Tomorrow's Seoul
Tomorrow's Seoul
  • Na Cho Seongah
  • 승인 2021.06.01 10:55
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Tomorrow's Seoul1)

On April 7, by-elections were held in Seoul and Busan to select new city mayors. Twelve candidates competed for the post of Seoul mayor, which had been vacant for about nine months since the death of former Seoul Mayor, Park Wonsoon. During the campaigning, each party candidate made various pledges in the hope of winning. Among them, Park Youngsun and Oh Sehoon were the most active, especially in making housing and residency policy promises. That was crucial to the outcome as Seoulites are suffering from soaring housing prices and are angry about the recent LH issue. Oh Sehoon, who got 57.5% (2,798,788 votes) of the vote discussed the need for more housing and vowed to revamp regulations on urban planning in Seoul in order to boost the housing supply. He said he would ease regulations on floor space rates in Seoul and abolish regulations on 35th floors and lower on apartments along the Han River. On the other hand, Park Youngsun, who got 39.18% (1,907,336 votes) of the vote, emphasized metropolitan convenience and speed and promised to promote balanced development between Gangnam and Gangbuk. Her "21-minute city" was aimed at converting Seoul into 21 distinct areas so that everything could be reached within 21 minutes, home, work, recreation, medical care, and education.
Last year, three real estate laws that stipulated measures to stabilize the housing market, to improve the rental system, and to expand housing were passed. However, after the laws, many citizens became concerned about rising real estate prices, and then the public got even more upset when the LH issue came to light in March. Oh has now said he will reconsider abolishment of the 35th rule. He cannot carry out all his real estate-related pledges at the same time, for there would be numerous side effects that could bump up housing prices even more. Both prior to and after his inauguration, there were expectations in the market of deregulation in reconstruction and redevelopment, and transaction prices were also hitting new records. Oh has pledged to reduce the property tax of single-homeowners without income, but this pledge, too, needs to be reexamined to determine if it is possible in reality. Seoul's real estate falls under the Ministry of Land, Infrastructure and Transport, so it will be difficult for Seoul Metropolitan Government and Mayor Oh Sehoon to proceed without the Ministry's involvement. On April 16, the Seoul Metropolitan Government said it could not tolerate instability in the real estate market and that it would immediately review the designation of land transaction permit zones as a precautionary measure to stabilize prices. The Government also said it would present measures to prevent disruptions in the real estate market. As this shows, the Seoul Metropolitan Government is looking towards resolving the real estate problems and fulfilling Oh's campaign promises. Seoulites are expecting various and cautious policies that enable them to possess a house of their own.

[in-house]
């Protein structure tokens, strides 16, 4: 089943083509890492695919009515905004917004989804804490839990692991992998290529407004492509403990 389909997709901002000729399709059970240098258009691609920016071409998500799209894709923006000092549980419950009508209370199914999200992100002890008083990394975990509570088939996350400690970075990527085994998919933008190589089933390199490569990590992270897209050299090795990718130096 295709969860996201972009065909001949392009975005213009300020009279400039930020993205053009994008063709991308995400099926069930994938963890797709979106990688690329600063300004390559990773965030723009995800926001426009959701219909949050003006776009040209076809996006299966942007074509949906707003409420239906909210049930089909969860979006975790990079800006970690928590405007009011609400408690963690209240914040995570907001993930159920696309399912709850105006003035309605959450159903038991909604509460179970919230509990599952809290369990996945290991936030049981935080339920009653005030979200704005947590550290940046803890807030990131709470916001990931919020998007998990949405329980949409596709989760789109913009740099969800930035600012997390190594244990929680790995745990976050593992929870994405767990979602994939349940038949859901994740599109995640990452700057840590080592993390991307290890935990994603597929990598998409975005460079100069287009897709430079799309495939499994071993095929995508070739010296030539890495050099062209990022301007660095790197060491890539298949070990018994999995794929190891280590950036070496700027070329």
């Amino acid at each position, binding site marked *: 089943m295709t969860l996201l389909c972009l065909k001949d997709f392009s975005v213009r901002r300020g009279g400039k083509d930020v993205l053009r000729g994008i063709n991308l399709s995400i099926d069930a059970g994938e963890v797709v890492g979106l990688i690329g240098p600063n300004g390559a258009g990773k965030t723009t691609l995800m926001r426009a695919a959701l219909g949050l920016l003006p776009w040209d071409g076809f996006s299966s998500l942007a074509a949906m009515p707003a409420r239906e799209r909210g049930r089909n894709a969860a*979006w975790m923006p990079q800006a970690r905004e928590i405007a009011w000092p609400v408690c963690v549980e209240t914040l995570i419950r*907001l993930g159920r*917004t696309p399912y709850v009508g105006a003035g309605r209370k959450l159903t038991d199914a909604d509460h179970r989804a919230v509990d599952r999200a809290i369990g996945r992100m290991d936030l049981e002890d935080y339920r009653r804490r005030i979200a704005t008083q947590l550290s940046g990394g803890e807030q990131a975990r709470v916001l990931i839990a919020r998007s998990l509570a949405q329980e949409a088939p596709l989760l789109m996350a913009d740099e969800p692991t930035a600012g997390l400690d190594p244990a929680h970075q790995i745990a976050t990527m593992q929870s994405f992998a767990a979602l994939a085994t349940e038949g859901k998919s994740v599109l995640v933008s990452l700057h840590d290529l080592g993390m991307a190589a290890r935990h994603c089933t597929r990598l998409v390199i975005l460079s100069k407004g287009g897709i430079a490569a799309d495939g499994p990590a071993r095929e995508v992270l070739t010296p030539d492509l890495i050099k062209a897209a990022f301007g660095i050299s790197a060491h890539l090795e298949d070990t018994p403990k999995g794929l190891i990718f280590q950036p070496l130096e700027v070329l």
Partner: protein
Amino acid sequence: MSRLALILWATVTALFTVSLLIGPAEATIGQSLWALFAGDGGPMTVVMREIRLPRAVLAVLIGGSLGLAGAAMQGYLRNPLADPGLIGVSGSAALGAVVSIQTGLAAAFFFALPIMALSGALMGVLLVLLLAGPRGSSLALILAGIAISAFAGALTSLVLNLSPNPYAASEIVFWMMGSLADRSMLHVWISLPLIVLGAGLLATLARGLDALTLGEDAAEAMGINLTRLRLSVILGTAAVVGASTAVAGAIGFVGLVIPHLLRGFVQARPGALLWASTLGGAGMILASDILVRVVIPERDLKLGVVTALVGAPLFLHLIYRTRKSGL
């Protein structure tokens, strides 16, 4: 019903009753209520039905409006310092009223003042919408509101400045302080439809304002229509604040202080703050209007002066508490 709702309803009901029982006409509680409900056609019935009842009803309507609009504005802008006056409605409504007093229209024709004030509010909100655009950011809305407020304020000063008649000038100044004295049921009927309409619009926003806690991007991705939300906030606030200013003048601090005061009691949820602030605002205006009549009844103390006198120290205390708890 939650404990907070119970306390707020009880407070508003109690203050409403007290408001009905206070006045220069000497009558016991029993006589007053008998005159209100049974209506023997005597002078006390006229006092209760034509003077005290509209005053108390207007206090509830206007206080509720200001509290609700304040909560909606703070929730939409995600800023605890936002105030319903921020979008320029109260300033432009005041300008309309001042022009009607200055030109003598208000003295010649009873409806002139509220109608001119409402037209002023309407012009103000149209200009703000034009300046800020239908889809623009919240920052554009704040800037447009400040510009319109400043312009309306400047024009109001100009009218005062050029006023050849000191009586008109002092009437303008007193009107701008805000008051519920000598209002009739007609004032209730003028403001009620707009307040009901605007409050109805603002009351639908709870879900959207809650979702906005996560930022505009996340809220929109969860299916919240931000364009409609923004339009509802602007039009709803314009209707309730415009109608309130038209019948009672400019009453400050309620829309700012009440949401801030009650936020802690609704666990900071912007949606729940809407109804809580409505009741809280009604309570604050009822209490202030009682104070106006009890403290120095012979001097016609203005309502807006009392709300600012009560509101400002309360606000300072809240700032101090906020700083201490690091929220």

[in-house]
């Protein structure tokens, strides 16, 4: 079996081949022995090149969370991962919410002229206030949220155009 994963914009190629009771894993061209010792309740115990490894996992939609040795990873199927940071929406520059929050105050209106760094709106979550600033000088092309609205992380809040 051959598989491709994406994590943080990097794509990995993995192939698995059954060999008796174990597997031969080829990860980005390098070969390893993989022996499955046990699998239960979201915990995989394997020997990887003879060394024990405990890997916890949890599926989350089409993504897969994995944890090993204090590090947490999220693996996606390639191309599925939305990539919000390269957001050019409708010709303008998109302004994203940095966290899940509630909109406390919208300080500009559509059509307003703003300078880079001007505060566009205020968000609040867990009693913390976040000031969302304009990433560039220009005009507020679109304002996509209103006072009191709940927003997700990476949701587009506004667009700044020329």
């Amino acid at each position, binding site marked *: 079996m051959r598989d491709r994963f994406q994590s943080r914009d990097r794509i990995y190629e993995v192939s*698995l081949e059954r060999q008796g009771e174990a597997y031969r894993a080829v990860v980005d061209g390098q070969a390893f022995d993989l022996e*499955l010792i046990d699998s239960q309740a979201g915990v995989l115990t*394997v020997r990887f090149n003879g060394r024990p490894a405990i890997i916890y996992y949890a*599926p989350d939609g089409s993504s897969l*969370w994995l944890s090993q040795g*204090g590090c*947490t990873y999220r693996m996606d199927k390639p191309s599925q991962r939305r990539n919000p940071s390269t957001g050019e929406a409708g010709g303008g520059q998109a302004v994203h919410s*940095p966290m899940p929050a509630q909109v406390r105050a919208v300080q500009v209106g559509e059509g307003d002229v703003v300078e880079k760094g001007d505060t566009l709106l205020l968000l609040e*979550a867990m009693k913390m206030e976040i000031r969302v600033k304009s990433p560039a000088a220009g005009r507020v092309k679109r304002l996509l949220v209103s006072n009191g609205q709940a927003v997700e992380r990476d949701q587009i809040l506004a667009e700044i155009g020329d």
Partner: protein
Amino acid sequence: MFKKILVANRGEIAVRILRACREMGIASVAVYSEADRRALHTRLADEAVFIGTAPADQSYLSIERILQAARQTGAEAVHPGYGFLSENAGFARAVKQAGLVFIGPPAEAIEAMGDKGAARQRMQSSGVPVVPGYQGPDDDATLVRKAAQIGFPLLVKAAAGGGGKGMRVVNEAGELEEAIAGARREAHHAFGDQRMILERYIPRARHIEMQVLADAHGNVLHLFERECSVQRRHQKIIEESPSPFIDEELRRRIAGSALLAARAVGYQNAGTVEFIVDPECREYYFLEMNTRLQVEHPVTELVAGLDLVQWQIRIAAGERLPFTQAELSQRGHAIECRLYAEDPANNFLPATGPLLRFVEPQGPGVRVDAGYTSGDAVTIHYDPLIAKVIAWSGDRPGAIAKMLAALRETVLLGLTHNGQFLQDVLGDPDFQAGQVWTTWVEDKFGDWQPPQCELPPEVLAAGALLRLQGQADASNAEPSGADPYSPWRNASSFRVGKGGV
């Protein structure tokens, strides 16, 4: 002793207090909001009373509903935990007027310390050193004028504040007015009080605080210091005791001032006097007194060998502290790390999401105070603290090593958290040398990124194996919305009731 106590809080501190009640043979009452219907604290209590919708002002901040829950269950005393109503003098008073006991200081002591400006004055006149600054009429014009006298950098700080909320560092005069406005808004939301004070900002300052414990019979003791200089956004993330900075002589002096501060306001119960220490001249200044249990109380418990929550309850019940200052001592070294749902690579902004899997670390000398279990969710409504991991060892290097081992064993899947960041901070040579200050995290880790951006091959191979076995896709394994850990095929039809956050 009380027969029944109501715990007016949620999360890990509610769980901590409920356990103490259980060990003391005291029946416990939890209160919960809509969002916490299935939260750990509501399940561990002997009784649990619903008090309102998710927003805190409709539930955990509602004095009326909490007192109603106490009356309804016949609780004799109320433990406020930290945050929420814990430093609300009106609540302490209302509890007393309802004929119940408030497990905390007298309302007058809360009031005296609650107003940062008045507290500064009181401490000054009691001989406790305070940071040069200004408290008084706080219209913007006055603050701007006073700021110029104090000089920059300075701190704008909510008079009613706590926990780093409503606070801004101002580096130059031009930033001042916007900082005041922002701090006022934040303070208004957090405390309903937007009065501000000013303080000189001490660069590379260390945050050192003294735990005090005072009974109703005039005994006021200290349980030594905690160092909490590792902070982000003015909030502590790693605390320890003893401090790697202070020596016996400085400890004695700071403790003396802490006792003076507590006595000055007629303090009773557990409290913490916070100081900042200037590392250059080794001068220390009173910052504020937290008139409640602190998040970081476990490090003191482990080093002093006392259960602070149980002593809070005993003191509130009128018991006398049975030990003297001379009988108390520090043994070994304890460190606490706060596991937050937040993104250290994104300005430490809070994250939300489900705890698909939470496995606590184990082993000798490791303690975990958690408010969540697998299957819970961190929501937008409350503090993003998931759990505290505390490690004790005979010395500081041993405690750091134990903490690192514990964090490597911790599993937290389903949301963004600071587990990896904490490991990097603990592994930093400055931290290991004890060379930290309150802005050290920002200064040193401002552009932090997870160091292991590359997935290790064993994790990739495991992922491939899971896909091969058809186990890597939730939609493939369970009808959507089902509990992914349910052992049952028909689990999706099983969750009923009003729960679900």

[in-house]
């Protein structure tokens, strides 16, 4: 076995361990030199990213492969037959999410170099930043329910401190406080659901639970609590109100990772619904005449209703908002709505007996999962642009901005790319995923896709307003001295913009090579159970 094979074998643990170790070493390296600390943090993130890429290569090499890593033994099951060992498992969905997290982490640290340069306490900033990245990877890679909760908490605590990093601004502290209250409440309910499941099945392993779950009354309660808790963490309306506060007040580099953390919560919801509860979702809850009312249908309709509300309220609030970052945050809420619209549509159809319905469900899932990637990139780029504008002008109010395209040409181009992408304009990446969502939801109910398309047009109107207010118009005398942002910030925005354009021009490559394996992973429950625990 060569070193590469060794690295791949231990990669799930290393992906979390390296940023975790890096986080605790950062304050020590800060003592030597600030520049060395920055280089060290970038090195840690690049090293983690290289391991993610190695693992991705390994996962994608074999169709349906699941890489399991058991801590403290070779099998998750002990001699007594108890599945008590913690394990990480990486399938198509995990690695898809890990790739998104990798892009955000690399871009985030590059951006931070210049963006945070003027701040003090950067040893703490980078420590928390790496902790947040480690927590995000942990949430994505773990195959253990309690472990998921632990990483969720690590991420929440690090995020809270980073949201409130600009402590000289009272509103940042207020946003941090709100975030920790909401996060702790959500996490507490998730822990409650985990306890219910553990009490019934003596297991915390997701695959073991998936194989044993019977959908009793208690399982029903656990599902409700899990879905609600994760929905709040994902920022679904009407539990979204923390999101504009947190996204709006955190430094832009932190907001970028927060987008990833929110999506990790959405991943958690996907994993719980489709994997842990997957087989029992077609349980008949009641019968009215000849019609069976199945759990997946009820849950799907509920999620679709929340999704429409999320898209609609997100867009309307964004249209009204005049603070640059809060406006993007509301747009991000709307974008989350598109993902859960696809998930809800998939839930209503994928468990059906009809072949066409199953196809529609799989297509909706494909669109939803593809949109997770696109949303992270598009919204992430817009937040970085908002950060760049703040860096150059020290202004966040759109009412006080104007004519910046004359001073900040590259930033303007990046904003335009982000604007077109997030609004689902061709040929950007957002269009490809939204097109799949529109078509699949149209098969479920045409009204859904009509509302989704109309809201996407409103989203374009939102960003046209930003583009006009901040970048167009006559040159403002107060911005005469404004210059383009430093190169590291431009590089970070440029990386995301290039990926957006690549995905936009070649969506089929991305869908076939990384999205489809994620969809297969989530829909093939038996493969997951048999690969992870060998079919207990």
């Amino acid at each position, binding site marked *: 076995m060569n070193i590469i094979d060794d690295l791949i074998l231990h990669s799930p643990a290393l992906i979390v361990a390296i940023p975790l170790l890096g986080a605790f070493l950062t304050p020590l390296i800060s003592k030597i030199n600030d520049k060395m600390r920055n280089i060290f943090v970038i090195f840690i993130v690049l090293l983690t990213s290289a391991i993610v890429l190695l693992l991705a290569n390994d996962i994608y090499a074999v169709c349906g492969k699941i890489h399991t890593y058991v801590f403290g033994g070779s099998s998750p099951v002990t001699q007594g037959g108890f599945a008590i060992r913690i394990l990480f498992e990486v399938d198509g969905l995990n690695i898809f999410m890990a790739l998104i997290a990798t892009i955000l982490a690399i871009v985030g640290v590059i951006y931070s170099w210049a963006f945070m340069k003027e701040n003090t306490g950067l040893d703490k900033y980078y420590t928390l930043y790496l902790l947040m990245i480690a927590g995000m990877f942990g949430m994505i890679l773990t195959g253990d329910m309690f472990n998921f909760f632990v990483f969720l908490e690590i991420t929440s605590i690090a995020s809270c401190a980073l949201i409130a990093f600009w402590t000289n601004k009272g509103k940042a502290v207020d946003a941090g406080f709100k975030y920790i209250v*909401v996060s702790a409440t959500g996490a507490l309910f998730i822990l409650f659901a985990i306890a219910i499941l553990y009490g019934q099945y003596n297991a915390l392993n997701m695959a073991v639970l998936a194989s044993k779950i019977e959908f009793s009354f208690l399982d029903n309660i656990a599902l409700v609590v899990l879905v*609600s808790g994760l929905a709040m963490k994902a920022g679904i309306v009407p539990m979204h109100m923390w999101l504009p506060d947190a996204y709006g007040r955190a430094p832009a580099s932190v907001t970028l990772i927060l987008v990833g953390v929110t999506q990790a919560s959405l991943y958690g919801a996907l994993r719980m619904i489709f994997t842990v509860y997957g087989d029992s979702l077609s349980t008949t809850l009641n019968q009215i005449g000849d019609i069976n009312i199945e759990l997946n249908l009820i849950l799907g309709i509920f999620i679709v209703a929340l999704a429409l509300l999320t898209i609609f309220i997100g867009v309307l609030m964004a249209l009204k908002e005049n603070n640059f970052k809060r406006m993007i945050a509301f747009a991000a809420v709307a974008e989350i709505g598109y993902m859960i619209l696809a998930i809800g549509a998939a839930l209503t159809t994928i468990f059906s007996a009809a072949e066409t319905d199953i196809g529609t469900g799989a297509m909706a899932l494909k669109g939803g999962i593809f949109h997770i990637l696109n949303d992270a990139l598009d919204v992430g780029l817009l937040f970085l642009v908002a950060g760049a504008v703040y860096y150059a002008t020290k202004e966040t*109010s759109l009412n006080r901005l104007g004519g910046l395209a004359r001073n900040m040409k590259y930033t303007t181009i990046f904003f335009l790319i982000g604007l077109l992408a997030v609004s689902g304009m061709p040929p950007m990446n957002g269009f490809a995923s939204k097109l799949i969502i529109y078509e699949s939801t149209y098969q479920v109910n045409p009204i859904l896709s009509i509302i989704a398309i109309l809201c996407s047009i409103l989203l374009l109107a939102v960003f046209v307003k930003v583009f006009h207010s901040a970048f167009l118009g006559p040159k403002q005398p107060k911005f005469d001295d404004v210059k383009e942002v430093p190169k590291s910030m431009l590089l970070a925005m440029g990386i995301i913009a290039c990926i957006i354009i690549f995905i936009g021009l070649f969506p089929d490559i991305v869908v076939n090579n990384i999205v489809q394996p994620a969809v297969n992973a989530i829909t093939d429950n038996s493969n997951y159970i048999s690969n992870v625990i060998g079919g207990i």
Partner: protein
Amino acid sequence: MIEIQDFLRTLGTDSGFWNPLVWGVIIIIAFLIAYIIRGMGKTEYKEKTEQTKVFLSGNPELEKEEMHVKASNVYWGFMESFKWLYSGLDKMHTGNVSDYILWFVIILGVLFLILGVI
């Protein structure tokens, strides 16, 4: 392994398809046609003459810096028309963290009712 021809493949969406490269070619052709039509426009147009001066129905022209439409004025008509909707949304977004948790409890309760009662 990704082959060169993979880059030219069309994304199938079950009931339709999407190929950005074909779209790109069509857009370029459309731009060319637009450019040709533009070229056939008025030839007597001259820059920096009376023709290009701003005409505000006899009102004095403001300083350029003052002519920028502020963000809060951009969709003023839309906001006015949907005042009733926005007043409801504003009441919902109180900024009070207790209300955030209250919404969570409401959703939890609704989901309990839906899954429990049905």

1) Kim Heejun, "Core Real Estate Policies of Seoul Mayor…Park Youngsun and Oh Sehoon; Supply and Regulation", news1, March 25, 2021

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